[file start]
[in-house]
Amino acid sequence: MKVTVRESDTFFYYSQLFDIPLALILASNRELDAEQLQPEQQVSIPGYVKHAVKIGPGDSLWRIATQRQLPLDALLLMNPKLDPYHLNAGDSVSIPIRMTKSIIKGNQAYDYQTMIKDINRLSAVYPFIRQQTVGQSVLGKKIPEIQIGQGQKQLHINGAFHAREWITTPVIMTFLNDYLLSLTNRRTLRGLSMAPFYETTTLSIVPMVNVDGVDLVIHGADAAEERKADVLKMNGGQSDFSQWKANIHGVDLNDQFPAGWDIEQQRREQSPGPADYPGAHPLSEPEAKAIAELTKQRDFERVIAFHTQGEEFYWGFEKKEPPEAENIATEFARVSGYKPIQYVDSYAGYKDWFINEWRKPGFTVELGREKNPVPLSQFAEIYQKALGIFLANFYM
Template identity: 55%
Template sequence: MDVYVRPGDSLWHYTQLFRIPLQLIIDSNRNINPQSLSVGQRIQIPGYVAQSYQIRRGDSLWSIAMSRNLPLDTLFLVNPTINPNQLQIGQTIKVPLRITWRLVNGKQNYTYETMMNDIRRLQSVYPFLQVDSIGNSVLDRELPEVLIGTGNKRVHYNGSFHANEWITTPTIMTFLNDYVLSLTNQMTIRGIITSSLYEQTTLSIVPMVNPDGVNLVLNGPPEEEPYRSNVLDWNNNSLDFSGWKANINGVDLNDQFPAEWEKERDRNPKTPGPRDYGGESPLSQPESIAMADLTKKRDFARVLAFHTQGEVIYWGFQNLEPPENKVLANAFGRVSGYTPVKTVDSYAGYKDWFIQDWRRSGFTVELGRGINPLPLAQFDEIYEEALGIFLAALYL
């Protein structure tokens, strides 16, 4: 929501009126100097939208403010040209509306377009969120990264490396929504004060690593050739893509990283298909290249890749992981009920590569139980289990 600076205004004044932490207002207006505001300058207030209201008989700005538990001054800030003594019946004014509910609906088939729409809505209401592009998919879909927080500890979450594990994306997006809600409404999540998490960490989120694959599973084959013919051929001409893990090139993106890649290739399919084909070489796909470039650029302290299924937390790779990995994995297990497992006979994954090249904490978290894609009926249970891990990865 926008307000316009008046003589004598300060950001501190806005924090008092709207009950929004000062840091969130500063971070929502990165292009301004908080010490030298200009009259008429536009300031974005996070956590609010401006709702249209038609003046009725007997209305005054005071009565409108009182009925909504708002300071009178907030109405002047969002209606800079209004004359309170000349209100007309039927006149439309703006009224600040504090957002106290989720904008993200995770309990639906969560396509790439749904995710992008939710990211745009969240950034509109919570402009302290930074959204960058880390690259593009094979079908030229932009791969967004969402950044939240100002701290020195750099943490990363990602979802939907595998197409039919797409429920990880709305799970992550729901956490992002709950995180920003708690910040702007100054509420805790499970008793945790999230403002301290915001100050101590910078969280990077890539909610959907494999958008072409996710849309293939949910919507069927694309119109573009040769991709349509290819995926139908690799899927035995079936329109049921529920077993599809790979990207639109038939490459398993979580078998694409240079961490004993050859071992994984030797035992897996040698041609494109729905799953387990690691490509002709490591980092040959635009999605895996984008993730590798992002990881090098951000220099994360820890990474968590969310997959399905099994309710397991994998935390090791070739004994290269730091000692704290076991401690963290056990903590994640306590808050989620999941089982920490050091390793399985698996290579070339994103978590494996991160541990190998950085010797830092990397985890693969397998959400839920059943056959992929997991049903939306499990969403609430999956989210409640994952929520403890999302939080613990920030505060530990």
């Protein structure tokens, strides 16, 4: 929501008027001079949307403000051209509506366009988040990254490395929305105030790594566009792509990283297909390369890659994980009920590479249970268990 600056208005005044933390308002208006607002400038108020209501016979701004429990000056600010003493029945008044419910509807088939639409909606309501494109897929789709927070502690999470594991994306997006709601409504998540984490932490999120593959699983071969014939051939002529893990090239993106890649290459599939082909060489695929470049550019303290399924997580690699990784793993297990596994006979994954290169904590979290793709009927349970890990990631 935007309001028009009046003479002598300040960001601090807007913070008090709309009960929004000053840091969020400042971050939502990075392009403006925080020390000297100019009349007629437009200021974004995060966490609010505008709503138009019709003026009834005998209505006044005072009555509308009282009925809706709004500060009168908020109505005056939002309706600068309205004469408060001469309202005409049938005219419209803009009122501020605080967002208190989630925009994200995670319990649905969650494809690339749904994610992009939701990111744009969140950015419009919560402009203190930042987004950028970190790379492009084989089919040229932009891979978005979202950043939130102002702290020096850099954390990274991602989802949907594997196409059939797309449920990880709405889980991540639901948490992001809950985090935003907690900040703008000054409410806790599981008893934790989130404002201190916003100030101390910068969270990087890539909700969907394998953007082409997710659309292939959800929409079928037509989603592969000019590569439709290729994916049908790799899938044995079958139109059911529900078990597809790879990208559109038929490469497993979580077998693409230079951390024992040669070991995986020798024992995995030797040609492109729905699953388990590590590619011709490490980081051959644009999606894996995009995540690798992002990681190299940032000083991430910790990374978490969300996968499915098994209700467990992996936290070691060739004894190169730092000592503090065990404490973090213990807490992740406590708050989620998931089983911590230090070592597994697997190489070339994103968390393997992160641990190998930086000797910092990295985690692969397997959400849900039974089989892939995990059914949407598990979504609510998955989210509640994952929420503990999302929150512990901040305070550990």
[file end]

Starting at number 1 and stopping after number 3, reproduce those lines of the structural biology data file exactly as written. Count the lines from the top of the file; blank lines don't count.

[in-house]
Amino acid sequence: MKVTVRESDTFFYYSQLFDIPLALILASNRELDAEQLQPEQQVSIPGYVKHAVKIGPGDSLWRIATQRQLPLDALLLMNPKLDPYHLNAGDSVSIPIRMTKSIIKGNQAYDYQTMIKDINRLSAVYPFIRQQTVGQSVLGKKIPEIQIGQGQKQLHINGAFHAREWITTPVIMTFLNDYLLSLTNRRTLRGLSMAPFYETTTLSIVPMVNVDGVDLVIHGADAAEERKADVLKMNGGQSDFSQWKANIHGVDLNDQFPAGWDIEQQRREQSPGPADYPGAHPLSEPEAKAIAELTKQRDFERVIAFHTQGEEFYWGFEKKEPPEAENIATEFARVSGYKPIQYVDSYAGYKDWFINEWRKPGFTVELGREKNPVPLSQFAEIYQKALGIFLANFYM
Template identity: 55%